Over the past few months, fears over coronavirus have drastically changed American society. While many Americans are facing economic and health concerns, a community particularly impacted by fears of COVID-19 is Asian-Americans. There has been a reported increase in anti-Chinese and Asian American rhetoric on social media platforms, as well as documentation of discrimination against Asian-Americans. In response to this sentiment, the website Stop AAPI Hate has been created to document incidents of discrimination with the goal of finding a productive solution for the AAPI community. Join CHSA for this conversation with SFSU’s Dr. Russell Jeung, co-director of CAA, Cynthia Choi, and ABC7 New’s Kristen Sze on how we can work as a community to stop AAPI hate.
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Dr. Russell Jeung received a BA in Human Biology and a MA in Education from Stanford University. After working in China and in the Mayor’s Office of San Francisco, he obtained his PhD in Sociology from the University of California, Berkeley in 2000. After teaching at Foothill College for two years, he came to San Francisco State University’s Asian American Studies Department in 2002. He is the author of several books, including his spiritual memoir, At Home in Exile, which details his family history, his Hakka Chinese American background, and his experiences in East Oakland for the last two decades. Additionally, he has co-produced with Valerie Soe the documentary, The Oak Park Story, about a landmark housing lawsuit involving his fellow Cambodian and Latino tenants.
Cynthia Choi the Co-Executive Director of Chinese for Affirmative Action, a 50 year old community based civil rights organizations based in San Francisco which aims to advance racial justice, economic justice, education equity and immigrant rights. Most recently she was the Vice President of Philanthropic Partnerships at Asian Americans/Pacific Islanders in Philanthropy where she was responsible for leveraging strategic opportunities to advance AAPI social justice issues and philanthropic investments. Prior to joining AAPIP, Cynthia led local, state and national community based organizations working on a range of issues from reproductive justice, gender violence, immigrant/refugee rights and environmental justice issues.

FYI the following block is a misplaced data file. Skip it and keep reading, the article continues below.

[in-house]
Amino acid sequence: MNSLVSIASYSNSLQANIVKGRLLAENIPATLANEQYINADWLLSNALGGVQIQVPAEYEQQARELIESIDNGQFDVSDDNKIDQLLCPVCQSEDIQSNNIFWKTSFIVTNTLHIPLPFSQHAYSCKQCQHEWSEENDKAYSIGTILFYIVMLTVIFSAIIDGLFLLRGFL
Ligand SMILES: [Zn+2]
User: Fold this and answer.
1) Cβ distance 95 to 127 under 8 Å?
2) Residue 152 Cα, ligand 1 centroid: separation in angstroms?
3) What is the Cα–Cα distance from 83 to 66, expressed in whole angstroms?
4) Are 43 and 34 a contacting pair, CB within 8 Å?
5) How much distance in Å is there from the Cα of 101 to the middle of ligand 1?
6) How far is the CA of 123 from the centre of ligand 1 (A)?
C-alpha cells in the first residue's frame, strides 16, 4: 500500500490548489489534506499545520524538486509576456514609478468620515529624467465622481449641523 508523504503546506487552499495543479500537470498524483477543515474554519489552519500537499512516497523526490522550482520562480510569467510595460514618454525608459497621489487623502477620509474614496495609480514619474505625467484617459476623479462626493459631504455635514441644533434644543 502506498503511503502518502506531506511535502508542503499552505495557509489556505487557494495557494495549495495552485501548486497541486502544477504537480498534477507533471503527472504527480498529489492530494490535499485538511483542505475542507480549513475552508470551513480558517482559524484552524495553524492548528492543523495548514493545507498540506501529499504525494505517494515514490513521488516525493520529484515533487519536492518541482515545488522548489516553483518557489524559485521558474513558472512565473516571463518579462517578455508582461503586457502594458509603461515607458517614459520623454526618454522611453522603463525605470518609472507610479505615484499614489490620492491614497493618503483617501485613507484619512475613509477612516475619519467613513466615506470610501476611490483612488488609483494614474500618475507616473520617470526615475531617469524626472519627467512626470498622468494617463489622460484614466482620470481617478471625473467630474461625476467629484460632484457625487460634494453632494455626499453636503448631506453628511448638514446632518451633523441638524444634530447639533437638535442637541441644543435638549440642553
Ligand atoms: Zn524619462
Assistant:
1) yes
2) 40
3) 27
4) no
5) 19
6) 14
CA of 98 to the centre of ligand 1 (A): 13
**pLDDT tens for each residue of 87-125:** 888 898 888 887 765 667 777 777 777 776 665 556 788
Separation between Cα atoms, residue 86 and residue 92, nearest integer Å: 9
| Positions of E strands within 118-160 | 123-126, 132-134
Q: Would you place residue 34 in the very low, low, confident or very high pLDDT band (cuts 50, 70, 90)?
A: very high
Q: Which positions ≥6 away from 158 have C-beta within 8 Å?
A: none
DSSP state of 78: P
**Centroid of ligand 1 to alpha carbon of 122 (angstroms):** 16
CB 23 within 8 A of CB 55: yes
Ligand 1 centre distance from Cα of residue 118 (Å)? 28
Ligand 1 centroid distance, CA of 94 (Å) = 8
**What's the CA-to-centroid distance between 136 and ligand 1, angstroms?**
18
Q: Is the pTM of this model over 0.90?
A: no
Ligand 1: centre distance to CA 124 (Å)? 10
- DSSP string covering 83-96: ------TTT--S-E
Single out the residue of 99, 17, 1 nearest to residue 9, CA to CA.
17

Kristen Sze has been with ABC7 News since 1998. Voted ‘Best News Anchor’ in 2011 by San Francisco BayList, Sze also won Emmy Awards in 1999 and 2002. Sze graduated Magna Cum Laude with a Bachelor of Arts in Political Science from the University of California at Berkeley. She is member of the Phi Beta Kappa Honor Society. A scholarship from the Asian American Journalists Association enabled Sze to study at Oxford University in England. Kristen Sze also volunteers with a number of community organizations as emcee, mentor or advisory board member. She works most closely with Kids and Art Foundation, Help a Mother Out, My New Red Shoes, Wender-Weis Foundation for Children and the Professional Businesswomen’s Conference.